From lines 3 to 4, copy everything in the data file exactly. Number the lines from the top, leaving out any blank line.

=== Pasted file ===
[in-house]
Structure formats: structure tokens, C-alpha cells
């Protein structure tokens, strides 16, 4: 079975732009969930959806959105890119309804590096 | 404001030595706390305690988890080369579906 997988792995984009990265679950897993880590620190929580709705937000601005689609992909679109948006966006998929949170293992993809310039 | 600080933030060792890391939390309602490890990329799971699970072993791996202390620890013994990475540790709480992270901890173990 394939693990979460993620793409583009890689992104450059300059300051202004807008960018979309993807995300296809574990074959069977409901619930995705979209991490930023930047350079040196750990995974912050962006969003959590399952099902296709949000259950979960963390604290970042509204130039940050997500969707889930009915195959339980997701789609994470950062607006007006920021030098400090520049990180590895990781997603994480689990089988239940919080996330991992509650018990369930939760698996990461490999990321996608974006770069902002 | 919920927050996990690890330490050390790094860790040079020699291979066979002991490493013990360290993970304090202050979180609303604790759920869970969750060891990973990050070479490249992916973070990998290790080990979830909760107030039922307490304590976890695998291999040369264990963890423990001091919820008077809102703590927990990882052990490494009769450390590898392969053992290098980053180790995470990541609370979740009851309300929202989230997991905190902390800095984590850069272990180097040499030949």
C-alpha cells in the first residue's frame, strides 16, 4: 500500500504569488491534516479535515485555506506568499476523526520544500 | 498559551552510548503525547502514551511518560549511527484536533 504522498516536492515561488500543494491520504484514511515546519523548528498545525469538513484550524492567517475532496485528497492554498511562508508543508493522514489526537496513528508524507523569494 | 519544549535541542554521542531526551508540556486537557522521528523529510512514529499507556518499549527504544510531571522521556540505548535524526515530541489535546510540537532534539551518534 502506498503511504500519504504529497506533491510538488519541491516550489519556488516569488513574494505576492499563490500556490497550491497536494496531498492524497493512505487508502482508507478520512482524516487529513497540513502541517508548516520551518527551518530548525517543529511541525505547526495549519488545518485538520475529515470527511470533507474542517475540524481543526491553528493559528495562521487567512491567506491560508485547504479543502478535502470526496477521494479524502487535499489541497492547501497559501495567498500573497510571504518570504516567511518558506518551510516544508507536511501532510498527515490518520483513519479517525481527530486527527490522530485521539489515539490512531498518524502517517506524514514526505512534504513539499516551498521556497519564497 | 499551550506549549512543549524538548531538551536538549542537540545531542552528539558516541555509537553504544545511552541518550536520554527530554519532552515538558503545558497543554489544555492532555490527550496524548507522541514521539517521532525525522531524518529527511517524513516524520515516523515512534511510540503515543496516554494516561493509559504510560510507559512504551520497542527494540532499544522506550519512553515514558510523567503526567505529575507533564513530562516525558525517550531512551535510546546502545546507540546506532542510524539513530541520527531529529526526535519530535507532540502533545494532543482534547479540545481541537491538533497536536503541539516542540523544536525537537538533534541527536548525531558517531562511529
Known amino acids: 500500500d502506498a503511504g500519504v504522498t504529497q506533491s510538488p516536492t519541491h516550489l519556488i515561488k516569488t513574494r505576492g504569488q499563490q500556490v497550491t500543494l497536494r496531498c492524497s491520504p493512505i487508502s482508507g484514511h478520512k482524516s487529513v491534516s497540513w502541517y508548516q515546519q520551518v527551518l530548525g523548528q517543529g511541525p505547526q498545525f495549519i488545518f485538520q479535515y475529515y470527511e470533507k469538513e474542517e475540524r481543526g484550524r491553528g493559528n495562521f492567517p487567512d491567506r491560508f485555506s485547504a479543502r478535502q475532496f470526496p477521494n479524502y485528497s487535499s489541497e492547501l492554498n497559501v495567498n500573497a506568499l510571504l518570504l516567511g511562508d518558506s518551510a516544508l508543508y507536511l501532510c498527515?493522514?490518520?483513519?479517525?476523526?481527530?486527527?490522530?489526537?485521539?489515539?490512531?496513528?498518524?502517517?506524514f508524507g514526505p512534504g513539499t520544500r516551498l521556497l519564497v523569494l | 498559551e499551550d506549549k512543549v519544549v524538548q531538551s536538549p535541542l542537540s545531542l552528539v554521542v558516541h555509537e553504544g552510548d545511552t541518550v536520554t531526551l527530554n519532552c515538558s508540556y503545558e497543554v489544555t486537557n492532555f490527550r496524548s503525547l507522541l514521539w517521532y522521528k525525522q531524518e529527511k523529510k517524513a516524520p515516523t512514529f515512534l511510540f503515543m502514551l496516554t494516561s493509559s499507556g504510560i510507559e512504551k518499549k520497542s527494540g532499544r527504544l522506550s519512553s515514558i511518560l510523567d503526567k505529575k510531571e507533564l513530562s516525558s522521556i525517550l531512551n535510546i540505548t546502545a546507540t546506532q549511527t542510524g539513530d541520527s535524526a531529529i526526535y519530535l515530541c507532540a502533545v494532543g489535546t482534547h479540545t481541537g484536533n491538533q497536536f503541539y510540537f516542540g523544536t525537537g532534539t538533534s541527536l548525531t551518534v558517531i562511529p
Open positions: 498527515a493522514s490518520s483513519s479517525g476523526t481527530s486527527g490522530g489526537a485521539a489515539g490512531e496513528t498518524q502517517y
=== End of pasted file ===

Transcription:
């Protein structure tokens, strides 16, 4: 079975732009969930959806959105890119309804590096 | 404001030595706390305690988890080369579906 997988792995984009990265679950897993880590620190929580709705937000601005689609992909679109948006966006998929949170293992993809310039 | 600080933030060792890391939390309602490890990329799971699970072993791996202390620890013994990475540790709480992270901890173990 394939693990979460993620793409583009890689992104450059300059300051202004807008960018979309993807995300296809574990074959069977409901619930995705979209991490930023930047350079040196750990995974912050962006969003959590399952099902296709949000259950979960963390604290970042509204130039940050997500969707889930009915195959339980997701789609994470950062607006007006920021030098400090520049990180590895990781997603994480689990089988239940919080996330991992509650018990369930939760698996990461490999990321996608974006770069902002 | 919920927050996990690890330490050390790094860790040079020699291979066979002991490493013990360290993970304090202050979180609303604790759920869970969750060891990973990050070479490249992916973070990998290790080990979830909760107030039922307490304590976890695998291999040369264990963890423990001091919820008077809102703590927990990882052990490494009769450390590898392969053992290098980053180790995470990541609370979740009851309300929202989230997991905190902390800095984590850069272990180097040499030949």
C-alpha cells in the first residue's frame, strides 16, 4: 500500500504569488491534516479535515485555506506568499476523526520544500 | 498559551552510548503525547502514551511518560549511527484536533 504522498516536492515561488500543494491520504484514511515546519523548528498545525469538513484550524492567517475532496485528497492554498511562508508543508493522514489526537496513528508524507523569494 | 519544549535541542554521542531526551508540556486537557522521528523529510512514529499507556518499549527504544510531571522521556540505548535524526515530541489535546510540537532534539551518534 502506498503511504500519504504529497506533491510538488519541491516550489519556488516569488513574494505576492499563490500556490497550491497536494496531498492524497493512505487508502482508507478520512482524516487529513497540513502541517508548516520551518527551518530548525517543529511541525505547526495549519488545518485538520475529515470527511470533507474542517475540524481543526491553528493559528495562521487567512491567506491560508485547504479543502478535502470526496477521494479524502487535499489541497492547501497559501495567498500573497510571504518570504516567511518558506518551510516544508507536511501532510498527515490518520483513519479517525481527530486527527490522530485521539489515539490512531498518524502517517506524514514526505512534504513539499516551498521556497519564497 | 499551550506549549512543549524538548531538551536538549542537540545531542552528539558516541555509537553504544545511552541518550536520554527530554519532552515538558503545558497543554489544555492532555490527550496524548507522541514521539517521532525525522531524518529527511517524513516524520515516523515512534511510540503515543496516554494516561493509559504510560510507559512504551520497542527494540532499544522506550519512553515514558510523567503526567505529575507533564513530562516525558525517550531512551535510546546502545546507540546506532542510524539513530541520527531529529526526535519530535507532540502533545494532543482534547479540545481541537491538533497536536503541539516542540523544536525537537538533534541527536548525531558517531562511529